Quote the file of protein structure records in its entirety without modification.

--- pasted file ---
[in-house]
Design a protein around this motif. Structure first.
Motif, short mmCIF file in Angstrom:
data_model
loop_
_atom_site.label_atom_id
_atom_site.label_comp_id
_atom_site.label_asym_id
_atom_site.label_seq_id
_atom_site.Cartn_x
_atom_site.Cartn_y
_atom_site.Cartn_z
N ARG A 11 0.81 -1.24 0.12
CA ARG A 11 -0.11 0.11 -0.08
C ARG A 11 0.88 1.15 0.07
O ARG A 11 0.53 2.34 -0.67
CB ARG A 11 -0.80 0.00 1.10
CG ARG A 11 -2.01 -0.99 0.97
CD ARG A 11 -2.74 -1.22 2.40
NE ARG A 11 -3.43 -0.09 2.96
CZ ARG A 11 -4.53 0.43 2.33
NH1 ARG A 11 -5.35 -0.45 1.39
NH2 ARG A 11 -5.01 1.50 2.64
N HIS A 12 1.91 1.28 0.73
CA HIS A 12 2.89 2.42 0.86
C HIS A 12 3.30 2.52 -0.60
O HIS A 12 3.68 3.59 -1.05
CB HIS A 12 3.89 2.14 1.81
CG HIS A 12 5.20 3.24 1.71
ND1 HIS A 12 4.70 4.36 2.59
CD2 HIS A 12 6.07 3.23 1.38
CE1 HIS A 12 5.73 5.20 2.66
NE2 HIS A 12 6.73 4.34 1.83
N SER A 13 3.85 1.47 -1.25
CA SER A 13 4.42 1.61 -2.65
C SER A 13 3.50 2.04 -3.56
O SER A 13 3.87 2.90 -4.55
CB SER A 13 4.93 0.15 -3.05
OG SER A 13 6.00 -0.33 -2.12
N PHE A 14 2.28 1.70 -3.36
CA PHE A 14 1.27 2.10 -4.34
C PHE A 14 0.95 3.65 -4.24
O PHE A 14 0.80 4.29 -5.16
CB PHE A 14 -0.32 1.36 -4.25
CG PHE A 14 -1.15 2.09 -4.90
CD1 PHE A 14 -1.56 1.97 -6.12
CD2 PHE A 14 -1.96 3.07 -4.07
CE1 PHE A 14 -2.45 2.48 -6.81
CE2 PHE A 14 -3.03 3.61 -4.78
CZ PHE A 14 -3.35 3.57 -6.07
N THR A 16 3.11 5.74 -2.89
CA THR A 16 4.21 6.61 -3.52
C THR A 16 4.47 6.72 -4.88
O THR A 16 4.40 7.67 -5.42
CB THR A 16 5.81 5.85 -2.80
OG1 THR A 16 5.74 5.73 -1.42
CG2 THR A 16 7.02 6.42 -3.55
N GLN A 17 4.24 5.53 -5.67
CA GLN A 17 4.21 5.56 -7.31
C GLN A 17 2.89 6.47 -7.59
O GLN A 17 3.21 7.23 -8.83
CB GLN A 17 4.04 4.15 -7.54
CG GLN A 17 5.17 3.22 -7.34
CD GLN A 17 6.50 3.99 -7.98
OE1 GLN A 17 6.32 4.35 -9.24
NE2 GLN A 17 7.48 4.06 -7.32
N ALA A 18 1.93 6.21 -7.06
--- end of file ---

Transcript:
[in-house]
Design a protein around this motif. Structure first.
Motif, short mmCIF file in Angstrom:
data_model
loop_
_atom_site.label_atom_id
_atom_site.label_comp_id
_atom_site.label_asym_id
_atom_site.label_seq_id
_atom_site.Cartn_x
_atom_site.Cartn_y
_atom_site.Cartn_z
N ARG A 11 0.81 -1.24 0.12
CA ARG A 11 -0.11 0.11 -0.08
C ARG A 11 0.88 1.15 0.07
O ARG A 11 0.53 2.34 -0.67
CB ARG A 11 -0.80 0.00 1.10
CG ARG A 11 -2.01 -0.99 0.97
CD ARG A 11 -2.74 -1.22 2.40
NE ARG A 11 -3.43 -0.09 2.96
CZ ARG A 11 -4.53 0.43 2.33
NH1 ARG A 11 -5.35 -0.45 1.39
NH2 ARG A 11 -5.01 1.50 2.64
N HIS A 12 1.91 1.28 0.73
CA HIS A 12 2.89 2.42 0.86
C HIS A 12 3.30 2.52 -0.60
O HIS A 12 3.68 3.59 -1.05
CB HIS A 12 3.89 2.14 1.81
CG HIS A 12 5.20 3.24 1.71
ND1 HIS A 12 4.70 4.36 2.59
CD2 HIS A 12 6.07 3.23 1.38
CE1 HIS A 12 5.73 5.20 2.66
NE2 HIS A 12 6.73 4.34 1.83
N SER A 13 3.85 1.47 -1.25
CA SER A 13 4.42 1.61 -2.65
C SER A 13 3.50 2.04 -3.56
O SER A 13 3.87 2.90 -4.55
CB SER A 13 4.93 0.15 -3.05
OG SER A 13 6.00 -0.33 -2.12
N PHE A 14 2.28 1.70 -3.36
CA PHE A 14 1.27 2.10 -4.34
C PHE A 14 0.95 3.65 -4.24
O PHE A 14 0.80 4.29 -5.16
CB PHE A 14 -0.32 1.36 -4.25
CG PHE A 14 -1.15 2.09 -4.90
CD1 PHE A 14 -1.56 1.97 -6.12
CD2 PHE A 14 -1.96 3.07 -4.07
CE1 PHE A 14 -2.45 2.48 -6.81
CE2 PHE A 14 -3.03 3.61 -4.78
CZ PHE A 14 -3.35 3.57 -6.07
N THR A 16 3.11 5.74 -2.89
CA THR A 16 4.21 6.61 -3.52
C THR A 16 4.47 6.72 -4.88
O THR A 16 4.40 7.67 -5.42
CB THR A 16 5.81 5.85 -2.80
OG1 THR A 16 5.74 5.73 -1.42
CG2 THR A 16 7.02 6.42 -3.55
N GLN A 17 4.24 5.53 -5.67
CA GLN A 17 4.21 5.56 -7.31
C GLN A 17 2.89 6.47 -7.59
O GLN A 17 3.21 7.23 -8.83
CB GLN A 17 4.04 4.15 -7.54
CG GLN A 17 5.17 3.22 -7.34
CD GLN A 17 6.50 3.99 -7.98
OE1 GLN A 17 6.32 4.35 -9.24
NE2 GLN A 17 7.48 4.06 -7.32
N ALA A 18 1.93 6.21 -7.06